I taught U.S. Government in high school for 17 years in Mesa, Arizona. Like many teachers, I spent my own money on pencils and copy paper and spent many hours away from family to be the best teacher I could be for each of my students. I even came to the Capitol with my fellow educators to lobby my legislators against education budget cuts because I am dedicated to my students and profession.
As president of the largest professional association for public school employees in Arizona, I’ve heard from many teachers across the state about how much they love teaching your children and how they feel inspired by these future scientists, artists, and entrepreneurs. Then they tell me how high-stakes testing, overcrowded classrooms and inadequate or outdated school materials have drained their joy of teaching.
The current status quo in Arizona is to underfund our public schools, label our schools and students as failures based on a single test score, and then blame our teachers. This agenda is driving teachers out of the classroom and destroying our public education system, as evidenced by the recent survey by school administrators reporting more than 8,300 open teacher positions across the state. Arizona can’t afford for our teachers to become an endangered species.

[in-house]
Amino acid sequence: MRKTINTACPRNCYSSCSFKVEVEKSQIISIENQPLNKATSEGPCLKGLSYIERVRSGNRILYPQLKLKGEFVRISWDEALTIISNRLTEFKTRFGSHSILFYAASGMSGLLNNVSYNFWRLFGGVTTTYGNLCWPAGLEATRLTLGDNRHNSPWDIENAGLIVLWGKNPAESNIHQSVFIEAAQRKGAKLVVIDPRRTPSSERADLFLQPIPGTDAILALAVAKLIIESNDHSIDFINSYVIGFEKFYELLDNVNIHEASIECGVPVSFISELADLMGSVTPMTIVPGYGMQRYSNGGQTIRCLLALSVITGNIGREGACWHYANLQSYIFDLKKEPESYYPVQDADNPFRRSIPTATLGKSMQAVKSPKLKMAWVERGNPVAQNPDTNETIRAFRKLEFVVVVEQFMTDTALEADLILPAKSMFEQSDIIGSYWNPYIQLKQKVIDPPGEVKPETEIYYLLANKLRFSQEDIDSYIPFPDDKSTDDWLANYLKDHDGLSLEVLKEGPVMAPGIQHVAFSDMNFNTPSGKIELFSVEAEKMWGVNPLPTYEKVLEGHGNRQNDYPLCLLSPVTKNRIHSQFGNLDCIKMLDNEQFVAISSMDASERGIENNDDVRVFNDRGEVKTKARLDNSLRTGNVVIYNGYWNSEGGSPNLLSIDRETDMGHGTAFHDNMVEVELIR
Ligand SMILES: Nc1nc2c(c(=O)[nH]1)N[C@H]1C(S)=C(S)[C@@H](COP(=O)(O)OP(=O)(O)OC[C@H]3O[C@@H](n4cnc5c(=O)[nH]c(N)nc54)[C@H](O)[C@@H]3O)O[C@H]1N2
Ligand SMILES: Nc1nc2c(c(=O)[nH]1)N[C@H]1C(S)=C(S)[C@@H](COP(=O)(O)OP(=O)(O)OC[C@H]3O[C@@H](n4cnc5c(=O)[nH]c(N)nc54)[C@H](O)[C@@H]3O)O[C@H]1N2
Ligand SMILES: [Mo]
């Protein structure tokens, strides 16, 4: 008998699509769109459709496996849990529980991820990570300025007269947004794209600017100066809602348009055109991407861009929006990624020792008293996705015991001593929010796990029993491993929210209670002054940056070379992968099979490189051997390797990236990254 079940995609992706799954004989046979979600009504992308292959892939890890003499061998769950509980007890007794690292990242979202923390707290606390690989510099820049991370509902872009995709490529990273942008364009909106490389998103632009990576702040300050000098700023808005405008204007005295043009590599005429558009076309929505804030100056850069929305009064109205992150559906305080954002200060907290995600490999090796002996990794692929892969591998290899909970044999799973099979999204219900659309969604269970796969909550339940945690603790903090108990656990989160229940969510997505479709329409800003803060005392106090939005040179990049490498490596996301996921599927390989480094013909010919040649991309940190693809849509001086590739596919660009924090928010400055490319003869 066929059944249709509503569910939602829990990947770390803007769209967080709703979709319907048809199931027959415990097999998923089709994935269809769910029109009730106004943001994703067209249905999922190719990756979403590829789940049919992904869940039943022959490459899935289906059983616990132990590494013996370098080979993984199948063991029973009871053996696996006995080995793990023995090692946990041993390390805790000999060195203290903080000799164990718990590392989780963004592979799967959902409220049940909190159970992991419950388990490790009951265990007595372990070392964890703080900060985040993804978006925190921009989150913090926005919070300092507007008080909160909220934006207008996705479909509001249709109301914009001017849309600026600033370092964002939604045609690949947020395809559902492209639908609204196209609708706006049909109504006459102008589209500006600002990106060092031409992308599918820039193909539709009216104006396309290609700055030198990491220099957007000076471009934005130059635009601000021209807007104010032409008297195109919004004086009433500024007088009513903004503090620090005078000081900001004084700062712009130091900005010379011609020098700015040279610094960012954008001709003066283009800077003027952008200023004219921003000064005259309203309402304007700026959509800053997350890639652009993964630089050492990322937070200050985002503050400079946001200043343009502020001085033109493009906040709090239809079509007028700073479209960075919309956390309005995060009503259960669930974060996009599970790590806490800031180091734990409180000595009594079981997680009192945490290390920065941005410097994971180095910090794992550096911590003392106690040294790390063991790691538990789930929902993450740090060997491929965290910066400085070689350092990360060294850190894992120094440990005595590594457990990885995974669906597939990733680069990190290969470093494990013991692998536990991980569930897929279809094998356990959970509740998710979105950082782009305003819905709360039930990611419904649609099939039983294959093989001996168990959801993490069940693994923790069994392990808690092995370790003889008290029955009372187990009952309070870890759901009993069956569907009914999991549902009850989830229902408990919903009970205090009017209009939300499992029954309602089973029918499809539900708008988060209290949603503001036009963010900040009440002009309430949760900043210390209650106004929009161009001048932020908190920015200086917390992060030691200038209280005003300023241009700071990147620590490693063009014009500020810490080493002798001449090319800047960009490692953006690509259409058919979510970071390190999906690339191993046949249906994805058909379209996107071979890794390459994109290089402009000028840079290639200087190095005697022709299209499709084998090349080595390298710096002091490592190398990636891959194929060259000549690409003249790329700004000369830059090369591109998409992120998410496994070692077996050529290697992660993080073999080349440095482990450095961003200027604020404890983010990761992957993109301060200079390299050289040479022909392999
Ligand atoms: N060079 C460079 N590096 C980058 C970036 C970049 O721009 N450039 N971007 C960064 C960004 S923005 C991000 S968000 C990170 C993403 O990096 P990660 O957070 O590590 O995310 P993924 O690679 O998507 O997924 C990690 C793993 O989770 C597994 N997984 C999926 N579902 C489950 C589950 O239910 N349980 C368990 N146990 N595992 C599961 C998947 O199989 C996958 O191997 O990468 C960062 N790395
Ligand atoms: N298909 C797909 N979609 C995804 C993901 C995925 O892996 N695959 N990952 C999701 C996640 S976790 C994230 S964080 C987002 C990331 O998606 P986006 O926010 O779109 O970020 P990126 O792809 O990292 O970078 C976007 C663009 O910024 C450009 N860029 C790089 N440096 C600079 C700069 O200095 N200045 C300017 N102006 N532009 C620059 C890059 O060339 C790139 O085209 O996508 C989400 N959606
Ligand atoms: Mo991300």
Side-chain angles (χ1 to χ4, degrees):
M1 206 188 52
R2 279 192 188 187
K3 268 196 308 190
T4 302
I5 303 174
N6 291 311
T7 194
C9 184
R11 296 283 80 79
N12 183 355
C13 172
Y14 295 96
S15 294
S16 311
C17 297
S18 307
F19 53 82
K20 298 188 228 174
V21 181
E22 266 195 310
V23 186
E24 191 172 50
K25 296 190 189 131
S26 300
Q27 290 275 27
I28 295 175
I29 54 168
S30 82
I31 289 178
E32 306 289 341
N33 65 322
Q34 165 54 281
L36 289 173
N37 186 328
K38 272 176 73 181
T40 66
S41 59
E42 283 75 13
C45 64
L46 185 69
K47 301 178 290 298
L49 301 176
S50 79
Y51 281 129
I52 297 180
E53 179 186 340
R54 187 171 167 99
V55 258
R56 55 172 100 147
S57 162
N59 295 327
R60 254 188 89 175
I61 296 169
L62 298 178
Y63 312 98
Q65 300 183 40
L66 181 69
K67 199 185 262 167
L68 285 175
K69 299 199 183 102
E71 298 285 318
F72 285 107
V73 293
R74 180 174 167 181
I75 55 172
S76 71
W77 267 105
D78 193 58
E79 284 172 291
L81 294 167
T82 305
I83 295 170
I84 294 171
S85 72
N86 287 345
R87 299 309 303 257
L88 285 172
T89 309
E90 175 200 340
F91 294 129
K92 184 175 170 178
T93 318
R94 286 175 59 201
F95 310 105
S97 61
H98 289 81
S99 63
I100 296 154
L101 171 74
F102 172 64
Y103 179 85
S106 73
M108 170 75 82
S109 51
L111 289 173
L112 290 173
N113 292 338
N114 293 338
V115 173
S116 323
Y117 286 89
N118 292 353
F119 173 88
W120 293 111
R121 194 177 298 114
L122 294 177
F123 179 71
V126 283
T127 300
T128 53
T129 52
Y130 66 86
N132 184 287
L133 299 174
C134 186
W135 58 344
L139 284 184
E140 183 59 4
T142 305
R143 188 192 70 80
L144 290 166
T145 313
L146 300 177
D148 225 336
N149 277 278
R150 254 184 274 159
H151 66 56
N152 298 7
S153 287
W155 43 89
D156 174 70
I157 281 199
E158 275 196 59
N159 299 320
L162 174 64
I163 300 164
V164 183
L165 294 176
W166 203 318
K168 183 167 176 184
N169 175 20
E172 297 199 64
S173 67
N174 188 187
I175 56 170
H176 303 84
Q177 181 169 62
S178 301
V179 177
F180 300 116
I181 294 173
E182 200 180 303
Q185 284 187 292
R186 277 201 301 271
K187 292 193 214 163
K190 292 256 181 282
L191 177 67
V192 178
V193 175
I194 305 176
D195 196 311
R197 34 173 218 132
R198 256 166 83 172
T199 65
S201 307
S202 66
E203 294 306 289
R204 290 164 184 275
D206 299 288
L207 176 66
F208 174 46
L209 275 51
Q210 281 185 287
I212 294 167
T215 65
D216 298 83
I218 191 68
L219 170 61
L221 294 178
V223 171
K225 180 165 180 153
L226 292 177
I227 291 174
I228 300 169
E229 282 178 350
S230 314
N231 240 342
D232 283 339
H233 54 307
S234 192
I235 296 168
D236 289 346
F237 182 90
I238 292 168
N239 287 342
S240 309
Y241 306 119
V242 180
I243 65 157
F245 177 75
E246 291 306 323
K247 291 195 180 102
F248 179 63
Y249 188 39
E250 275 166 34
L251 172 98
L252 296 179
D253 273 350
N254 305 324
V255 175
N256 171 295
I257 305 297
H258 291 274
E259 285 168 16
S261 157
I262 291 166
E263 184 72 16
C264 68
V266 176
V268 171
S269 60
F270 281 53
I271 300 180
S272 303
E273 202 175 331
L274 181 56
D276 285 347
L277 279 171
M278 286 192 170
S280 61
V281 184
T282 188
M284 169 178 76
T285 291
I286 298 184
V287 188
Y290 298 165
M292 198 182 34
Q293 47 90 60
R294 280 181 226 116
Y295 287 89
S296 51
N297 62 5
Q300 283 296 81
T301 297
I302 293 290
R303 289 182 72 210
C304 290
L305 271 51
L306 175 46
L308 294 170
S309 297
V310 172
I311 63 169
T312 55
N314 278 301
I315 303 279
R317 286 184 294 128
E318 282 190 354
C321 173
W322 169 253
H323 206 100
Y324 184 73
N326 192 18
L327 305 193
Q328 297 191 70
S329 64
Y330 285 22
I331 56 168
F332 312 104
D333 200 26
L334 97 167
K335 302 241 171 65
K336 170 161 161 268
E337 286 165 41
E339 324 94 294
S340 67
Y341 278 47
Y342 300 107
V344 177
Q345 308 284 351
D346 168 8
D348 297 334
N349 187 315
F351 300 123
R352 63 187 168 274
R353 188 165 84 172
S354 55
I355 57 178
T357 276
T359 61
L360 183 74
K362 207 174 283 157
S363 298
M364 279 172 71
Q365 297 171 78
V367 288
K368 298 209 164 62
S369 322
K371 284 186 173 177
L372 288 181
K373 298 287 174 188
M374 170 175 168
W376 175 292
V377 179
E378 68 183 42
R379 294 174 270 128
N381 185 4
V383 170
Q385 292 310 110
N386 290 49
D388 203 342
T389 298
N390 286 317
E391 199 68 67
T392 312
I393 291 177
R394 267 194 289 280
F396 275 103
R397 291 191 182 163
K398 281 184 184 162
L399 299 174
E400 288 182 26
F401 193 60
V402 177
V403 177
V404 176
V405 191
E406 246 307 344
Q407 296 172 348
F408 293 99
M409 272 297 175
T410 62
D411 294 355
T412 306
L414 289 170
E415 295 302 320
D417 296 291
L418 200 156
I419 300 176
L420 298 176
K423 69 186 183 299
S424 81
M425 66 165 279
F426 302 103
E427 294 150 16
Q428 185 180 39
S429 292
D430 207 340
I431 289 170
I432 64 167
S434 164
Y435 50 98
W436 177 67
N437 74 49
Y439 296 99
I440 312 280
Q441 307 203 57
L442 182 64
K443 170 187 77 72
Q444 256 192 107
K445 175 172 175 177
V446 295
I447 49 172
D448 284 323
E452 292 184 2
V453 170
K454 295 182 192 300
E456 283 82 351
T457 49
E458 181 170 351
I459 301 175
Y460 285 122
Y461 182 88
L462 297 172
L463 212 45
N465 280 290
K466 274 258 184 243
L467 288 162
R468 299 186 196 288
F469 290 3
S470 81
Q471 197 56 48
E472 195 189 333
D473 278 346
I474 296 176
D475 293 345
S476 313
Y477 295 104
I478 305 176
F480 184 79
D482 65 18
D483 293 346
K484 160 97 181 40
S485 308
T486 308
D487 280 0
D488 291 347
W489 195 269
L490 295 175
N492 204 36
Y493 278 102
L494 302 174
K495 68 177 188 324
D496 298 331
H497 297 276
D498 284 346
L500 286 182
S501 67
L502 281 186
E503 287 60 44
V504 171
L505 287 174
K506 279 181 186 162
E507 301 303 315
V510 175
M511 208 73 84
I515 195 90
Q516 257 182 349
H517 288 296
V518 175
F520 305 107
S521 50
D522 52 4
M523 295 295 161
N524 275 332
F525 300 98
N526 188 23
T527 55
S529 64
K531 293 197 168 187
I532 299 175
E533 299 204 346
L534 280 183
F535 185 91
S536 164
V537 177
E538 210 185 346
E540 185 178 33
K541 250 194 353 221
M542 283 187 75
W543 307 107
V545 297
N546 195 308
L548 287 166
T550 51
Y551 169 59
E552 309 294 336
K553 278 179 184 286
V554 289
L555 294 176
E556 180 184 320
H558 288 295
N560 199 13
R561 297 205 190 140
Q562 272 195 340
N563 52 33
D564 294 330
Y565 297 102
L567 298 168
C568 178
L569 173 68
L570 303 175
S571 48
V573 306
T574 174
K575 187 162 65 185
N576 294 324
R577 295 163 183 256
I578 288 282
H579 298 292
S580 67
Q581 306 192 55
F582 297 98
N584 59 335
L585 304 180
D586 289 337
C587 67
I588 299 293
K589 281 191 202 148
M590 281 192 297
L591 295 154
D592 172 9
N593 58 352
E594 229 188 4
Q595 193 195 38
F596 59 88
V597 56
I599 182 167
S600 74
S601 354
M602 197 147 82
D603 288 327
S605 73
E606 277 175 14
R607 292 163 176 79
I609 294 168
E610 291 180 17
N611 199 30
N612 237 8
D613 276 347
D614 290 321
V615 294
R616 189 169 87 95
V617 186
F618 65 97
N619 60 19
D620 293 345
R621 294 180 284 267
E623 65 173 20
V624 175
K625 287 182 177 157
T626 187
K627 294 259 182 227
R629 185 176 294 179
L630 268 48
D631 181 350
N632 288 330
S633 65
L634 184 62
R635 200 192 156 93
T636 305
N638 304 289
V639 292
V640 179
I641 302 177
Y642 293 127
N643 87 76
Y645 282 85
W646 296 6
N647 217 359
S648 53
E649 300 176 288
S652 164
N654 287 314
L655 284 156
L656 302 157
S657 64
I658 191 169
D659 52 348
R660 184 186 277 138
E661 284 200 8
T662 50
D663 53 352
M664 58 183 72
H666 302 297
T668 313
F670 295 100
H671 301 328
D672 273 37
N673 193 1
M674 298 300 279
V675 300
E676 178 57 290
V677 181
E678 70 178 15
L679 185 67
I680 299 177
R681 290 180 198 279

Teachers have the awesome responsibility of inspiring the love of learning in our children and educating our state’s future workforce, but too many are leaving the state for higher wages and better working conditions. If Arizona legislators want to recruit and retain teachers, then I urge them to give teachers the support they need to be successful by restoring education funding immediately. If Arizonans want to fix the teacher shortage in our state, then our state must provide competitive salaries for teachers and provide classrooms with adequate supplies and updated textbooks and technology.
If legislators want to raise teacher morale, then respect our teachers as professionals. Stop forcing teachers to teach to the test by removing the single test score measure from teacher evaluations. Each child is unique and has his own learning style, so give teachers the freedom to teach and allow them the flexibility and creativity to engage individual students. By enacting the right policies, lawmakers can make Arizona a great place to teach.
— Joe Thomas is president of the Arizona Education Association.
The views expressed in guest commentaries are those of the author and are not the views of the Arizona Capitol Times.